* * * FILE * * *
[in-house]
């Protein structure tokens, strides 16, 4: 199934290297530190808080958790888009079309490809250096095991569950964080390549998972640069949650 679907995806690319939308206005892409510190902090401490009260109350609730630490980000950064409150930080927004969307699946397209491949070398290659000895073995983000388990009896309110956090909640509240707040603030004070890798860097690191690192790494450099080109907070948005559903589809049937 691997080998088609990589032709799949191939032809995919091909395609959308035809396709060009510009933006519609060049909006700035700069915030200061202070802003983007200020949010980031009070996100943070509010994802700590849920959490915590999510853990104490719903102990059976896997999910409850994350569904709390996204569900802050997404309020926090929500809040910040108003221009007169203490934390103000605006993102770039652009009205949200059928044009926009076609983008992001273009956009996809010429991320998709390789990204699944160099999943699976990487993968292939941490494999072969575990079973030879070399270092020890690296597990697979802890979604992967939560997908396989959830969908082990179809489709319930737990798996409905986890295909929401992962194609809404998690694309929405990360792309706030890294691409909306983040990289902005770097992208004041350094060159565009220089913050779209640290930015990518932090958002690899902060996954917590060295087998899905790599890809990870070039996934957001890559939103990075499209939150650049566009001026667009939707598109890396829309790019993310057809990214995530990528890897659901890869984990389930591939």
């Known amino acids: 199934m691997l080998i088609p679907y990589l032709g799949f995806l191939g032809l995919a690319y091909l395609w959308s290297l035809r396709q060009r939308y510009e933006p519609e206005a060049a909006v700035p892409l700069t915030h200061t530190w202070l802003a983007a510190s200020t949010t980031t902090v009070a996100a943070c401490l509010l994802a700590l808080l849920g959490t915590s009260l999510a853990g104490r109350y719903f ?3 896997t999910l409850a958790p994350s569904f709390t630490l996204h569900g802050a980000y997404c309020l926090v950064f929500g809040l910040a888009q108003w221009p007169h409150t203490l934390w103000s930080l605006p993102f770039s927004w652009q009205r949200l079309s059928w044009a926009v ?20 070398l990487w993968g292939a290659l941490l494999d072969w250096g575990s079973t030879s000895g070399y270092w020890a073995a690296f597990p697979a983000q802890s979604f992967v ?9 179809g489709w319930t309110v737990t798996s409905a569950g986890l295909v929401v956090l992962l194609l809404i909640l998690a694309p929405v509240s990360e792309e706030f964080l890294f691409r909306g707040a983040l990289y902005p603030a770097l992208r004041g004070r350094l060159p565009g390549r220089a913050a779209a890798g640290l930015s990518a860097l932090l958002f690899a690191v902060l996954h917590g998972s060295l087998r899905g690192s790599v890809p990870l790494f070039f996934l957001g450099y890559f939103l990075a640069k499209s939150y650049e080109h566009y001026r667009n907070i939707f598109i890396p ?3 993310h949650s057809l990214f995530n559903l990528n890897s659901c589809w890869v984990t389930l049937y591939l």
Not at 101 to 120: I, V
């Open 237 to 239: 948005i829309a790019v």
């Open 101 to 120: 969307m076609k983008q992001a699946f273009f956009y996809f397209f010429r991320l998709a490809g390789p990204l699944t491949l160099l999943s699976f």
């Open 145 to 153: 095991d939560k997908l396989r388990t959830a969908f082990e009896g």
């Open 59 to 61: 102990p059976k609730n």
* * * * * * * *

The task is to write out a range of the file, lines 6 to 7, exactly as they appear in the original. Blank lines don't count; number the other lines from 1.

């Open 101 to 120: 969307m076609k983008q992001a699946f273009f956009y996809f397209f010429r991320l998709a490809g390789p990204l699944t491949l160099l999943s699976f």
């Open 145 to 153: 095991d939560k997908l396989r388990t959830a969908f082990e009896g």